Mileage for water pump replacement?

Hi, all.
I’ve always heard that the water pump should be replaced along with the timing belt, and the belt should be replaced every 60,000 miles. Fine, but what about if the car has a timing chain instead, which doesn’t require replacement? When should the water pump be changed?

Only if having a problem with it.

+1 for @kengreen. I had a Jeep Cherokee that went over 200K without a water pump replacement.

@kengreen Agree; its impossible to tell when a water pump will go. I had to replace one on a 1984 Impala V8 at 156,000 miles when it started leaking. The car was well maintained, but the seal blew when the car was parked outside my favorite coffee shop after a hot summer run. The fix at that time was $250 or so. AAA paid for the towing.

Others have gone much longer so it is an unpredictable event.

The 60k timing belt change interval hasn’t been around for over 10 years. I’ve yet to see one less then 100k miles these days.

But back to the original question…A water doesn’t need to be changed unless there’s a problem. The reason you’d change the pump when you did a timing belt is because the biggest cost in replacing a water pump is the labor. In most cases you have to remove the belt to remove replace the pump…so as long as you’re there you might as well replace it.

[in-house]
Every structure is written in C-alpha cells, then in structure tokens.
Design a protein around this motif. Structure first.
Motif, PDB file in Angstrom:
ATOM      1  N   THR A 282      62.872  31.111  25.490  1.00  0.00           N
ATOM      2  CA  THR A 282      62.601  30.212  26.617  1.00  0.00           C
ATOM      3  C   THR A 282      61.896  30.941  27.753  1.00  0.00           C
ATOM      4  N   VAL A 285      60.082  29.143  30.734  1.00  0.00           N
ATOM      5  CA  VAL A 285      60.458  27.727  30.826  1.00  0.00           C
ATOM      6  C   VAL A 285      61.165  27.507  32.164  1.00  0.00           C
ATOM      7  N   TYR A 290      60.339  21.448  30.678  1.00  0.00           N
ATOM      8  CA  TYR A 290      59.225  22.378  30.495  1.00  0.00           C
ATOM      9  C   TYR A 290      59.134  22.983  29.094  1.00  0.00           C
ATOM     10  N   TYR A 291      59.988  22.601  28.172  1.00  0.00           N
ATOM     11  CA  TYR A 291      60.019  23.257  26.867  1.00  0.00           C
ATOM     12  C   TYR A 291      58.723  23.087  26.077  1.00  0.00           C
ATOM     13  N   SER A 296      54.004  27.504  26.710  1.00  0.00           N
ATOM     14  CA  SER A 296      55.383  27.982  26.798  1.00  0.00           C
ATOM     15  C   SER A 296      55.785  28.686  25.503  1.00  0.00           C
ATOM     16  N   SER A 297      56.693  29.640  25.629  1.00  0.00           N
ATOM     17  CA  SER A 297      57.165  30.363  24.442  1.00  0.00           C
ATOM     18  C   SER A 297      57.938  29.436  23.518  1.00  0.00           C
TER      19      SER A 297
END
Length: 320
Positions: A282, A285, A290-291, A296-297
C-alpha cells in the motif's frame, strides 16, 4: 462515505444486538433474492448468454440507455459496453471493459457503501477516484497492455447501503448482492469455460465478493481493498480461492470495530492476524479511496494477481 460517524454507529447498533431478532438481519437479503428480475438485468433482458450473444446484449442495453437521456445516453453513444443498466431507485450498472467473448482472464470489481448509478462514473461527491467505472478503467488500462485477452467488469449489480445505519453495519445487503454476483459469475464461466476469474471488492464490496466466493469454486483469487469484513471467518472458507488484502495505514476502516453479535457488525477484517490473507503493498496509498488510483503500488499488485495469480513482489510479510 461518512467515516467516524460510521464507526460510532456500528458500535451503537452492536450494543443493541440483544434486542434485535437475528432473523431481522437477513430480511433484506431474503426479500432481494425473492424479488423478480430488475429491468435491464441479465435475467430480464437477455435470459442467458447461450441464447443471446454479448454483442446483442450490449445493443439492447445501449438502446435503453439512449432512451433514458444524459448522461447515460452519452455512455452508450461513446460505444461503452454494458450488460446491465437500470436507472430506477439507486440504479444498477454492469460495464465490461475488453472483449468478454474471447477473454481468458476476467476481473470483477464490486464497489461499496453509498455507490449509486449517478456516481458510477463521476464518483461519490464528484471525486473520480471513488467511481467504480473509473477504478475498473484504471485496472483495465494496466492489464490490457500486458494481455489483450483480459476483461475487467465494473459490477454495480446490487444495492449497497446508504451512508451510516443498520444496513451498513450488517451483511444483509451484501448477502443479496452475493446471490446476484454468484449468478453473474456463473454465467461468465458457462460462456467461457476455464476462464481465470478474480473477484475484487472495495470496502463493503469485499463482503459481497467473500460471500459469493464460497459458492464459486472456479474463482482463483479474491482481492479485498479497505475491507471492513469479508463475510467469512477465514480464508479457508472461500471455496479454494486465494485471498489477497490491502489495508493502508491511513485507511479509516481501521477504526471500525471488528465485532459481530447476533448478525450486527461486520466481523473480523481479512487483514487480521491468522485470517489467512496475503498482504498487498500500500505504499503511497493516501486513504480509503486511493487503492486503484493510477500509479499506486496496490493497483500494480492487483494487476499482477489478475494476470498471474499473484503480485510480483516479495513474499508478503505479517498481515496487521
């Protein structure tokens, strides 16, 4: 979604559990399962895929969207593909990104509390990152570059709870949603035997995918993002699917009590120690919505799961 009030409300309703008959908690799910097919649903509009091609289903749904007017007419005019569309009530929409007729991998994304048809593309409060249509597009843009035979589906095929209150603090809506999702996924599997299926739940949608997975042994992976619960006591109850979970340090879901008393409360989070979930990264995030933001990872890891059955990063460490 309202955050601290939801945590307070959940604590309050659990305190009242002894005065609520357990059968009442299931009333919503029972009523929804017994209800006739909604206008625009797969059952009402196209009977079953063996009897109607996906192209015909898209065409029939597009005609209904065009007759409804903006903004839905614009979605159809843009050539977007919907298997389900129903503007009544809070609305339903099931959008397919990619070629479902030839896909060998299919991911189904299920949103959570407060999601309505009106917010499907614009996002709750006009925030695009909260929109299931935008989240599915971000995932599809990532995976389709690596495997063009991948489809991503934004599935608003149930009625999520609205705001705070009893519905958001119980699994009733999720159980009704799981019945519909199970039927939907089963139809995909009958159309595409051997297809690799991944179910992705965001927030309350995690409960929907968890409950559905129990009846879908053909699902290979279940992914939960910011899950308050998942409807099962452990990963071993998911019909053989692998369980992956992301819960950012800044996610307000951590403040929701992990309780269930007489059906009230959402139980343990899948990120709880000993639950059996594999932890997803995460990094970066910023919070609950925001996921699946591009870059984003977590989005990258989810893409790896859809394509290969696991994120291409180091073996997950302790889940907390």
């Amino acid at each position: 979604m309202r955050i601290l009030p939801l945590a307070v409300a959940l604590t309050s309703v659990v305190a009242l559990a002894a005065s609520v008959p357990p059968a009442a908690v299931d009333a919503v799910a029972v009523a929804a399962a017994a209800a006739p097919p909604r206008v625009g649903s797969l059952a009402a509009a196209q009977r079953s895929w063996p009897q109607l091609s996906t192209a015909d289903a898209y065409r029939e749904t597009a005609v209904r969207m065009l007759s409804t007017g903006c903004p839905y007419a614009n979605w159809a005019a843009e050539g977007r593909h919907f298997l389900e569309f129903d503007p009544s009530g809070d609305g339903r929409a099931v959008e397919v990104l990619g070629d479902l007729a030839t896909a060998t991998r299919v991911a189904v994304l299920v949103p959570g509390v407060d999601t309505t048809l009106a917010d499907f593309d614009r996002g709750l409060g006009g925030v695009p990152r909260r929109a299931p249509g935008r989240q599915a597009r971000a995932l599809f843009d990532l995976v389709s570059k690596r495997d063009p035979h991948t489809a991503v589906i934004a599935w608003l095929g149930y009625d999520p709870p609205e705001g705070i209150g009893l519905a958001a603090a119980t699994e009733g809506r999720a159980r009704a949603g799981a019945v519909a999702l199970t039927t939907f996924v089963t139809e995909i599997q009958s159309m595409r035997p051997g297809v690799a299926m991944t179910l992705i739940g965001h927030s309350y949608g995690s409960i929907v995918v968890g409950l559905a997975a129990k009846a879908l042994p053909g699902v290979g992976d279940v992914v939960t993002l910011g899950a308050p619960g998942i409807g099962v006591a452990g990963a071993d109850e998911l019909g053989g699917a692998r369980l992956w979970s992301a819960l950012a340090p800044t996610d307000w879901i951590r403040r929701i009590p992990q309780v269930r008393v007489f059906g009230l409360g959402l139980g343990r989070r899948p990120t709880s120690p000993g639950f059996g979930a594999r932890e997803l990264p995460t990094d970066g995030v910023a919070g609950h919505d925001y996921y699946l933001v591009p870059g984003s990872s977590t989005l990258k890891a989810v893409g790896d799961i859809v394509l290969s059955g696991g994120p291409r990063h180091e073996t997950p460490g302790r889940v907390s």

There is no rule of thumb when to replace a water pump. I have over 230k miles on my 4runner with the original water pump. Hopefully it’ll last the life of the vehicle. If not I’ll wait until it starts leaking or some other sign that I should replace it.

Leave it along unless you have an obvious issue. If you work with lots of water pumps, you can kinda tell how much life is left. If you turn a new one by hand, there is more resistance than in an older one that has worn seals and bearings. If you remove the belt and try to spin it by hand and it spins freely at all, you are ready to replace it very soon. If other scheduled maintenance puts you in the same area and you see this, go ahead and replace it.